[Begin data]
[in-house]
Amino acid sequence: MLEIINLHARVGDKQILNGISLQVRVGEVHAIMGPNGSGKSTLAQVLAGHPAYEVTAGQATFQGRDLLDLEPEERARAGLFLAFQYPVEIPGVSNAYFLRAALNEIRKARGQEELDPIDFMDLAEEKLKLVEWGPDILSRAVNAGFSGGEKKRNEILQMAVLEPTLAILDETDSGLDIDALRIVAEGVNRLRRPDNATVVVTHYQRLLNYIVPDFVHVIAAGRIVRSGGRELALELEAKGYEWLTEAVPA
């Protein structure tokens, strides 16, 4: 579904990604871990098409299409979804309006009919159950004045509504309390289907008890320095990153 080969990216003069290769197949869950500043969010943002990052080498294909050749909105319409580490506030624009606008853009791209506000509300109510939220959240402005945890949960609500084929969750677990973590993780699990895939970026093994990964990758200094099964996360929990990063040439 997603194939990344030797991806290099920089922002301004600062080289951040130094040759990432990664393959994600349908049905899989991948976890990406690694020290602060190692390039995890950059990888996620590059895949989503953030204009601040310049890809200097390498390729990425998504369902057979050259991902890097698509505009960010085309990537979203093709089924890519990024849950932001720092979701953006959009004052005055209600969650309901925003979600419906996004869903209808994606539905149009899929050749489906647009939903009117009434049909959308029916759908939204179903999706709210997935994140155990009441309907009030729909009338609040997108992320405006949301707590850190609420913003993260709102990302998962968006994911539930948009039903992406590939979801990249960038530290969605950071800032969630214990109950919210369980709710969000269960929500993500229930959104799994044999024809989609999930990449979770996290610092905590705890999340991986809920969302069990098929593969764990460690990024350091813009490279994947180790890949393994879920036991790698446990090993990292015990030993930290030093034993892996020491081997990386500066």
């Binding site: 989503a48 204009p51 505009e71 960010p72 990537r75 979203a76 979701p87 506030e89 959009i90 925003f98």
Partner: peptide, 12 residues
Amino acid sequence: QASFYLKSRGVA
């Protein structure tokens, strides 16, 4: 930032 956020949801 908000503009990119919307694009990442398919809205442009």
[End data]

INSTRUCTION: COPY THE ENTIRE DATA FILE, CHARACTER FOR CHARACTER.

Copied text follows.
[in-house]
Amino acid sequence: MLEIINLHARVGDKQILNGISLQVRVGEVHAIMGPNGSGKSTLAQVLAGHPAYEVTAGQATFQGRDLLDLEPEERARAGLFLAFQYPVEIPGVSNAYFLRAALNEIRKARGQEELDPIDFMDLAEEKLKLVEWGPDILSRAVNAGFSGGEKKRNEILQMAVLEPTLAILDETDSGLDIDALRIVAEGVNRLRRPDNATVVVTHYQRLLNYIVPDFVHVIAAGRIVRSGGRELALELEAKGYEWLTEAVPA
């Protein structure tokens, strides 16, 4: 579904990604871990098409299409979804309006009919159950004045509504309390289907008890320095990153 080969990216003069290769197949869950500043969010943002990052080498294909050749909105319409580490506030624009606008853009791209506000509300109510939220959240402005945890949960609500084929969750677990973590993780699990895939970026093994990964990758200094099964996360929990990063040439 997603194939990344030797991806290099920089922002301004600062080289951040130094040759990432990664393959994600349908049905899989991948976890990406690694020290602060190692390039995890950059990888996620590059895949989503953030204009601040310049890809200097390498390729990425998504369902057979050259991902890097698509505009960010085309990537979203093709089924890519990024849950932001720092979701953006959009004052005055209600969650309901925003979600419906996004869903209808994606539905149009899929050749489906647009939903009117009434049909959308029916759908939204179903999706709210997935994140155990009441309907009030729909009338609040997108992320405006949301707590850190609420913003993260709102990302998962968006994911539930948009039903992406590939979801990249960038530290969605950071800032969630214990109950919210369980709710969000269960929500993500229930959104799994044999024809989609999930990449979770996290610092905590705890999340991986809920969302069990098929593969764990460690990024350091813009490279994947180790890949393994879920036991790698446990090993990292015990030993930290030093034993892996020491081997990386500066």
């Binding site: 989503a48 204009p51 505009e71 960010p72 990537r75 979203a76 979701p87 506030e89 959009i90 925003f98």
Partner: peptide, 12 residues
Amino acid sequence: QASFYLKSRGVA
């Protein structure tokens, strides 16, 4: 930032 956020949801 908000503009990119919307694009990442398919809205442009």